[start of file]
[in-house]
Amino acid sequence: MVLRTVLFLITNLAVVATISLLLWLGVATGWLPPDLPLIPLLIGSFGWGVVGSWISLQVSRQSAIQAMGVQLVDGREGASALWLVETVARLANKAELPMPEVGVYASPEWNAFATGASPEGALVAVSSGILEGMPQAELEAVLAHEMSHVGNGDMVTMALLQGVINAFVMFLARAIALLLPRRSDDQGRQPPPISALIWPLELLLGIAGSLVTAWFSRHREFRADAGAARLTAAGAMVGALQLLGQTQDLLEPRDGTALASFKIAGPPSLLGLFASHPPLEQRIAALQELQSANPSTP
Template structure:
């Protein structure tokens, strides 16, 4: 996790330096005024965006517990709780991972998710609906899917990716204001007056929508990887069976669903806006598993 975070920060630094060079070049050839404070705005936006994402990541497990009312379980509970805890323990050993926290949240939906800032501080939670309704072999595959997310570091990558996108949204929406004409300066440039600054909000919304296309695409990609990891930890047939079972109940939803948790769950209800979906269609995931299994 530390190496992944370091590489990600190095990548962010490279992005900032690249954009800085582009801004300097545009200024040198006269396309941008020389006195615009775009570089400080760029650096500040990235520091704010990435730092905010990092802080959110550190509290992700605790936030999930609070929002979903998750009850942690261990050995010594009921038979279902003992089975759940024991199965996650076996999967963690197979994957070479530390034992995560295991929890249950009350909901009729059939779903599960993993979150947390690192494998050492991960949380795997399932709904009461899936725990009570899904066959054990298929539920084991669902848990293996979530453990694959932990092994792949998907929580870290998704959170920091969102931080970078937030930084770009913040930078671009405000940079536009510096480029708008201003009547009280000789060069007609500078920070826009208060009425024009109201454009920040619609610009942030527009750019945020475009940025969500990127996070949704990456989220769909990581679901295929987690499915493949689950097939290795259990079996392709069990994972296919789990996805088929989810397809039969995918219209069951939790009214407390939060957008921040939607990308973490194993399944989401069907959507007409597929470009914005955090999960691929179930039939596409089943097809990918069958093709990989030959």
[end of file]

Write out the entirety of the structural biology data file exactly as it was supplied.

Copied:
[in-house]
Amino acid sequence: MVLRTVLFLITNLAVVATISLLLWLGVATGWLPPDLPLIPLLIGSFGWGVVGSWISLQVSRQSAIQAMGVQLVDGREGASALWLVETVARLANKAELPMPEVGVYASPEWNAFATGASPEGALVAVSSGILEGMPQAELEAVLAHEMSHVGNGDMVTMALLQGVINAFVMFLARAIALLLPRRSDDQGRQPPPISALIWPLELLLGIAGSLVTAWFSRHREFRADAGAARLTAAGAMVGALQLLGQTQDLLEPRDGTALASFKIAGPPSLLGLFASHPPLEQRIAALQELQSANPSTP
Template structure:
């Protein structure tokens, strides 16, 4: 996790330096005024965006517990709780991972998710609906899917990716204001007056929508990887069976669903806006598993 975070920060630094060079070049050839404070705005936006994402990541497990009312379980509970805890323990050993926290949240939906800032501080939670309704072999595959997310570091990558996108949204929406004409300066440039600054909000919304296309695409990609990891930890047939079972109940939803948790769950209800979906269609995931299994 530390190496992944370091590489990600190095990548962010490279992005900032690249954009800085582009801004300097545009200024040198006269396309941008020389006195615009775009570089400080760029650096500040990235520091704010990435730092905010990092802080959110550190509290992700605790936030999930609070929002979903998750009850942690261990050995010594009921038979279902003992089975759940024991199965996650076996999967963690197979994957070479530390034992995560295991929890249950009350909901009729059939779903599960993993979150947390690192494998050492991960949380795997399932709904009461899936725990009570899904066959054990298929539920084991669902848990293996979530453990694959932990092994792949998907929580870290998704959170920091969102931080970078937030930084770009913040930078671009405000940079536009510096480029708008201003009547009280000789060069007609500078920070826009208060009425024009109201454009920040619609610009942030527009750019945020475009940025969500990127996070949704990456989220769909990581679901295929987690499915493949689950097939290795259990079996392709069990994972296919789990996805088929989810397809039969995918219209069951939790009214407390939060957008921040939607990308973490194993399944989401069907959507007409597929470009914005955090999960691929179930039939596409089943097809990918069958093709990989030959």